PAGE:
Is it farther or further?


[breyk-waw-ter, -wot-er] /ˈbreɪkˌwɔ tər, -ˌwɒt ər/
a barrier that breaks the force of waves, as before a harbor.
1715-25; break + water Unabridged
Based on the Random House Dictionary, © Random House, Inc. 2015.
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Examples from the web for breakwater
  • The harbor is formed by two moles and a breakwater, on which latter is a lighthouse.
British Dictionary definitions for breakwater


Also called mole. a massive wall built out into the sea to protect a shore or harbour from the force of waves
another name for groyne
Collins English Dictionary - Complete & Unabridged 2012 Digital Edition
© William Collins Sons & Co. Ltd. 1979, 1986 © HarperCollins
Publishers 1998, 2000, 2003, 2005, 2006, 2007, 2009, 2012
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Word Origin and History for breakwater

1721, from break (v.) + water (n.).

Online Etymology Dictionary, © 2010 Douglas Harper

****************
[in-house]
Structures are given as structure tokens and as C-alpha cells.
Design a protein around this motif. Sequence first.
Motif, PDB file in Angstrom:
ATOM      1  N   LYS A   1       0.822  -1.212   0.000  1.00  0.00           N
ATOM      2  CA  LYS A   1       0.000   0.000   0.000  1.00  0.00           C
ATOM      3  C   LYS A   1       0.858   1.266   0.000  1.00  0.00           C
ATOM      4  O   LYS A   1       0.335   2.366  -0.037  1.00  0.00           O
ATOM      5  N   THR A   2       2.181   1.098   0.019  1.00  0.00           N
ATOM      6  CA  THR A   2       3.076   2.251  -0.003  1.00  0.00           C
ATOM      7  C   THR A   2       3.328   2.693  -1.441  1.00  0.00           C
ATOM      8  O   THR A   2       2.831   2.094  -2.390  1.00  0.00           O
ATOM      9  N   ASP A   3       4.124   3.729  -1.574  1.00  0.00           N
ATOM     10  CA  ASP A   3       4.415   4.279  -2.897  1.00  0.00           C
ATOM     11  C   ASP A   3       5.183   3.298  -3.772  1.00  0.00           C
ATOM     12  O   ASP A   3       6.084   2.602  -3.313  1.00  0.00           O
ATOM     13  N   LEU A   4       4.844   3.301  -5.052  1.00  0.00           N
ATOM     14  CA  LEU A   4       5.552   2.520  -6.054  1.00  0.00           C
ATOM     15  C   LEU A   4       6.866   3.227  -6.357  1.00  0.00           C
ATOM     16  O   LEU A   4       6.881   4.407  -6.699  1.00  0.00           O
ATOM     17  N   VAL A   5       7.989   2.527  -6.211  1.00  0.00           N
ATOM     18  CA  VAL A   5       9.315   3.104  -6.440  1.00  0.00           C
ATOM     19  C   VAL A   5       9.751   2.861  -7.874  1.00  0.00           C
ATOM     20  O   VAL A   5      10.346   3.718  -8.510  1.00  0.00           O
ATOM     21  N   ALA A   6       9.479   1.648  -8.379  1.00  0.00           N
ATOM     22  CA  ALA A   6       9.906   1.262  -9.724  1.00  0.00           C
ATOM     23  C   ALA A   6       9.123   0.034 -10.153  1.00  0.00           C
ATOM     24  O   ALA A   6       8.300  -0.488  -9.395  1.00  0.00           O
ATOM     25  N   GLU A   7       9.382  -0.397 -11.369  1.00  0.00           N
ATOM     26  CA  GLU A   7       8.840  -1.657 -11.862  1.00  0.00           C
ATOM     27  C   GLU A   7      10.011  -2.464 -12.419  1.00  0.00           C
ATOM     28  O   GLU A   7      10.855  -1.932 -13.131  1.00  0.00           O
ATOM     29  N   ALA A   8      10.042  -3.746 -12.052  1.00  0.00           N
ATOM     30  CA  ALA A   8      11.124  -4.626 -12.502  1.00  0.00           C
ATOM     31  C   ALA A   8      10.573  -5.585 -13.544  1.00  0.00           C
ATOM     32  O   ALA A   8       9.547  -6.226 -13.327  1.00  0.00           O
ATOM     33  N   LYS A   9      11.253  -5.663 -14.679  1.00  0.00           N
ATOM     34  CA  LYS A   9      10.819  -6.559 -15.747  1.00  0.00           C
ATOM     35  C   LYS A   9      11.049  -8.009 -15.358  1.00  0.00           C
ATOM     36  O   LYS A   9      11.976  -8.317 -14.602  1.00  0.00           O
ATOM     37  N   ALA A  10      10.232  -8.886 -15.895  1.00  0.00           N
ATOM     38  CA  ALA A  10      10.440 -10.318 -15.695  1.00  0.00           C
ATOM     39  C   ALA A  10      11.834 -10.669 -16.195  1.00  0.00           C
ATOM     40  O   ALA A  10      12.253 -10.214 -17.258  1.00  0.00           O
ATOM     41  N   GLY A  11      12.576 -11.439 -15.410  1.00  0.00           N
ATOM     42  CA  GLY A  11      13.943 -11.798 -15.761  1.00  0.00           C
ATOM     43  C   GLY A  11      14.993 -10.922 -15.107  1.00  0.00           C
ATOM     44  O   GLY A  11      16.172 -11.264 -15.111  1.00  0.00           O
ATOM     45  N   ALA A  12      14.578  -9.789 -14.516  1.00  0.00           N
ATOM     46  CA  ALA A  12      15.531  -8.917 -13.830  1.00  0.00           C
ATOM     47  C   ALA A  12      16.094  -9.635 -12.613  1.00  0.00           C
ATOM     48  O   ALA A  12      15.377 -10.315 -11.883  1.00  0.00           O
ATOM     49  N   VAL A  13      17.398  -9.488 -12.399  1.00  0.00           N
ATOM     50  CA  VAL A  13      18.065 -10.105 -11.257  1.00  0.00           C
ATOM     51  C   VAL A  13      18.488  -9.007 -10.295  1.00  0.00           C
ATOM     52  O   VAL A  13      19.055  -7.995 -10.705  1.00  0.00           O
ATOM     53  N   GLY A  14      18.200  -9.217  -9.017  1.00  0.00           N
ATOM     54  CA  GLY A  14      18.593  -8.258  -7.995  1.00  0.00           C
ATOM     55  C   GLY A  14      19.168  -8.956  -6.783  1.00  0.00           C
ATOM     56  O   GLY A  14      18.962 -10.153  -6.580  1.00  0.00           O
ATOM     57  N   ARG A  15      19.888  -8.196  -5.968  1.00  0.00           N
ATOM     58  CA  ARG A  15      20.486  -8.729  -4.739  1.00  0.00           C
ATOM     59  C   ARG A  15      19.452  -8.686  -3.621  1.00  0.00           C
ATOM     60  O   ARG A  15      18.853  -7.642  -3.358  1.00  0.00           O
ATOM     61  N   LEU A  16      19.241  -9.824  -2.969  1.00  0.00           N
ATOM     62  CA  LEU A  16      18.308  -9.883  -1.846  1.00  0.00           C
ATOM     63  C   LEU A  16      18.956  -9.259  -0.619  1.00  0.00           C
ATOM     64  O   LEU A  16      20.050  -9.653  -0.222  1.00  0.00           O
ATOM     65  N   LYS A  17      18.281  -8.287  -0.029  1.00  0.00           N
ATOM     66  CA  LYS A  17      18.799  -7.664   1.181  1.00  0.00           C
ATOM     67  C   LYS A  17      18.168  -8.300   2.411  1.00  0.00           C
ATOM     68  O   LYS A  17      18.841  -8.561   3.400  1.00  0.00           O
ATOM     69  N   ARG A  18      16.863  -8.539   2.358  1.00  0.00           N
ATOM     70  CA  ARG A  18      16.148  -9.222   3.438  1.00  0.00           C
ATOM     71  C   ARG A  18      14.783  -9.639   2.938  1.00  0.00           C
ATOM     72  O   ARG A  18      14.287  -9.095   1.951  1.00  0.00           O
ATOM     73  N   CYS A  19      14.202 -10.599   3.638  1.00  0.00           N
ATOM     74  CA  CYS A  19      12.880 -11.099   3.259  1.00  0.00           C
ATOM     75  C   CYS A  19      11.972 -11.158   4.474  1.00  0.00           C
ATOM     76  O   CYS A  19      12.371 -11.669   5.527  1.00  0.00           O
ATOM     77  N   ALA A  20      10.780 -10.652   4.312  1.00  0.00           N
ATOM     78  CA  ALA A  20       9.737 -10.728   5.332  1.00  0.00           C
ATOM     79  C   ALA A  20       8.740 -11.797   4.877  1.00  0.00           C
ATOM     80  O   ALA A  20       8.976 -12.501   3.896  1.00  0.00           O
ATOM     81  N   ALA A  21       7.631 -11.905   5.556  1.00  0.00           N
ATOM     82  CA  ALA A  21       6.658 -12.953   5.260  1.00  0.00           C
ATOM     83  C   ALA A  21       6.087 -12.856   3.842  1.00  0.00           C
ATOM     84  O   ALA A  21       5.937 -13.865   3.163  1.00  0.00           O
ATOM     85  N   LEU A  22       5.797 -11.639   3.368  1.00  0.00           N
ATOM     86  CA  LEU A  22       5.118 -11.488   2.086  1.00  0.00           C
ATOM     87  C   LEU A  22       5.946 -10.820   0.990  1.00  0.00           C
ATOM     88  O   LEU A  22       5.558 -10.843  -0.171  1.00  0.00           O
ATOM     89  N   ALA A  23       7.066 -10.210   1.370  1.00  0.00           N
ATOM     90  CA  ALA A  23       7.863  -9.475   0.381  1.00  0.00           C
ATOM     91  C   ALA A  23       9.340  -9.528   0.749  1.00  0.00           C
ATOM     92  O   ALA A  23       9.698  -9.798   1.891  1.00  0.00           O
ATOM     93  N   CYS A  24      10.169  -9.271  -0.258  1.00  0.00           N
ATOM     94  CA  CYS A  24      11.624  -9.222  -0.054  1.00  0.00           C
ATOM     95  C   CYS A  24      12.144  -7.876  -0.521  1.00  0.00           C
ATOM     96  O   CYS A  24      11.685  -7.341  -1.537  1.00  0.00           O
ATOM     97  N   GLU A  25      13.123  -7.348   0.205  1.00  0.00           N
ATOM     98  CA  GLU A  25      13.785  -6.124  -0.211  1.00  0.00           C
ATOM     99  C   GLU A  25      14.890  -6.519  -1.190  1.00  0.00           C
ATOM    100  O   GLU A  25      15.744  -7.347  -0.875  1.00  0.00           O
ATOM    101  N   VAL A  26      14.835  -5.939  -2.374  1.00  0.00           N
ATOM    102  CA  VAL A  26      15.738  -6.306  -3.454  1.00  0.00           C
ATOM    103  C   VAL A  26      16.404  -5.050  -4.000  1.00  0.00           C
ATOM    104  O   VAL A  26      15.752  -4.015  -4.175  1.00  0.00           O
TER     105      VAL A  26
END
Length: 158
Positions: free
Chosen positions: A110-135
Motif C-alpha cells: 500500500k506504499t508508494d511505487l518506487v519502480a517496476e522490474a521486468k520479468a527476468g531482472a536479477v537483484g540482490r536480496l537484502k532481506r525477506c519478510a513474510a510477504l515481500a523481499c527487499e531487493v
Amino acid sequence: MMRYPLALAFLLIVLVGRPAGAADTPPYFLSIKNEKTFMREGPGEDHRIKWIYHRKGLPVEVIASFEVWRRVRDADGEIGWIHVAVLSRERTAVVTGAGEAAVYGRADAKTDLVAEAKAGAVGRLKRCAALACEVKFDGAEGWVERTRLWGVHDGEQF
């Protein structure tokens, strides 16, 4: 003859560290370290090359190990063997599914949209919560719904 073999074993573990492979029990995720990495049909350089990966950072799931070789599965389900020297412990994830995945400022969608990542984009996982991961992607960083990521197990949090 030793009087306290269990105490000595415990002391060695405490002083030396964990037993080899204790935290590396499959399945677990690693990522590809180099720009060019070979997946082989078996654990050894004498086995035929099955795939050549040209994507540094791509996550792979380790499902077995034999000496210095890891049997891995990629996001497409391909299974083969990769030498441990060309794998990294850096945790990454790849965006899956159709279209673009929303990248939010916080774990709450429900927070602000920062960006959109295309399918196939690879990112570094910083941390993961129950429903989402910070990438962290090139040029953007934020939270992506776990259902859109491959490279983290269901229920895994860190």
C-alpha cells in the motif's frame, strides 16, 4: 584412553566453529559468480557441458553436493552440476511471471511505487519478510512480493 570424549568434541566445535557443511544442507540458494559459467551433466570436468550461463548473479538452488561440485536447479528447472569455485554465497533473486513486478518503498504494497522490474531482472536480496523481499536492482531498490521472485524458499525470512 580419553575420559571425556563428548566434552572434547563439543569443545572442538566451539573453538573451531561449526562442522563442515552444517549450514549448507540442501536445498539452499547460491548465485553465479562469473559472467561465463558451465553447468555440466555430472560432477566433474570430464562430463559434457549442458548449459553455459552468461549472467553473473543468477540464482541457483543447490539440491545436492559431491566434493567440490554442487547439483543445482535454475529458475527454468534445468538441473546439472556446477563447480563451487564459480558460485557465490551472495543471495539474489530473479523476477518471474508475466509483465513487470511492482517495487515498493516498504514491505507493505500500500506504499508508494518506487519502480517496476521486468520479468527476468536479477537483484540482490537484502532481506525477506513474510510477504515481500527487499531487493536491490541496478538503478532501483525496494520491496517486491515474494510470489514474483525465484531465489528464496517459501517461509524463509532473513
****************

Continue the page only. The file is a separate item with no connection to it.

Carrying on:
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breakwater in Science
An offshore barrier, such as a jetty, that protects a harbor or shore from the full impact of waves.
The American Heritage® Science Dictionary
Copyright © 2002. Published by Houghton Mifflin. All rights reserved.
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Encyclopedia Article for breakwater

artificial offshore structure protecting a harbour, anchorage, or marina basin from water waves. Breakwaters intercept longshore currents and tend to prevent beach erosion. Over the long term, however, the processes of erosion and sedimentation cannot be effectively overcome by interfering with currents and the supply of sediment. Deposition of sediment at one site will be compensated for by erosion elsewhere; this phenomenon occurs whether one breakwater or a series of such structures is erected. Compare jetty.

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Encyclopedia Britannica, 2008. Encyclopedia Britannica Online.
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